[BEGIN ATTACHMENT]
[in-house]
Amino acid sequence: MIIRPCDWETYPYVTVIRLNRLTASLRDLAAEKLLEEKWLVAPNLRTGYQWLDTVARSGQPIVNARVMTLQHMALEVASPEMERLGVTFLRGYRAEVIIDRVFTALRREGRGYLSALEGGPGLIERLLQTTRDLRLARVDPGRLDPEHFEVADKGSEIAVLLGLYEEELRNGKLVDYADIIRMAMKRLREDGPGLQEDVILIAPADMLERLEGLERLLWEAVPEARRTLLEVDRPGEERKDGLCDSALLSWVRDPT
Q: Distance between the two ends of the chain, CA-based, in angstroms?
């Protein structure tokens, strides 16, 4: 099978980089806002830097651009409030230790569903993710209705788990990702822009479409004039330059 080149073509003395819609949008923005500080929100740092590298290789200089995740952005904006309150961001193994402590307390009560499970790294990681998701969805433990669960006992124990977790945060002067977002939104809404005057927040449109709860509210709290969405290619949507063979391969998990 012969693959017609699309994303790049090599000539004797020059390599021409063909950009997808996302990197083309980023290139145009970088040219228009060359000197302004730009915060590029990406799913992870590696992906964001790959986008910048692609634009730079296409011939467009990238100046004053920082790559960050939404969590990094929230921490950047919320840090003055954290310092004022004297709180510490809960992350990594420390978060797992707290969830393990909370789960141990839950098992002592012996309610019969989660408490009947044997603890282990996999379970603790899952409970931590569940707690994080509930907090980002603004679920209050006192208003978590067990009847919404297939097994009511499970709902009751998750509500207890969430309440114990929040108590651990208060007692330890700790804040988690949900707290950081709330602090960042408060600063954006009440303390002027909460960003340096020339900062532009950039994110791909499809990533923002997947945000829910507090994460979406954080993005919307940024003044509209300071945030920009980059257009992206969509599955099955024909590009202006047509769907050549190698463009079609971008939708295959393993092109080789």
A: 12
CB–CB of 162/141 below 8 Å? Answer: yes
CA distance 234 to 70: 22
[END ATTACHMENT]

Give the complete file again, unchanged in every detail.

[in-house]
Amino acid sequence: MIIRPCDWETYPYVTVIRLNRLTASLRDLAAEKLLEEKWLVAPNLRTGYQWLDTVARSGQPIVNARVMTLQHMALEVASPEMERLGVTFLRGYRAEVIIDRVFTALRREGRGYLSALEGGPGLIERLLQTTRDLRLARVDPGRLDPEHFEVADKGSEIAVLLGLYEEELRNGKLVDYADIIRMAMKRLREDGPGLQEDVILIAPADMLERLEGLERLLWEAVPEARRTLLEVDRPGEERKDGLCDSALLSWVRDPT
Q: Distance between the two ends of the chain, CA-based, in angstroms?
């Protein structure tokens, strides 16, 4: 099978980089806002830097651009409030230790569903993710209705788990990702822009479409004039330059 080149073509003395819609949008923005500080929100740092590298290789200089995740952005904006309150961001193994402590307390009560499970790294990681998701969805433990669960006992124990977790945060002067977002939104809404005057927040449109709860509210709290969405290619949507063979391969998990 012969693959017609699309994303790049090599000539004797020059390599021409063909950009997808996302990197083309980023290139145009970088040219228009060359000197302004730009915060590029990406799913992870590696992906964001790959986008910048692609634009730079296409011939467009990238100046004053920082790559960050939404969590990094929230921490950047919320840090003055954290310092004022004297709180510490809960992350990594420390978060797992707290969830393990909370789960141990839950098992002592012996309610019969989660408490009947044997603890282990996999379970603790899952409970931590569940707690994080509930907090980002603004679920209050006192208003978590067990009847919404297939097994009511499970709902009751998750509500207890969430309440114990929040108590651990208060007692330890700790804040988690949900707290950081709330602090960042408060600063954006009440303390002027909460960003340096020339900062532009950039994110791909499809990533923002997947945000829910507090994460979406954080993005919307940024003044509209300071945030920009980059257009992206969509599955099955024909590009202006047509769907050549190698463009079609971008939708295959393993092109080789």
A: 12
CB–CB of 162/141 below 8 Å? Answer: yes
CA distance 234 to 70: 22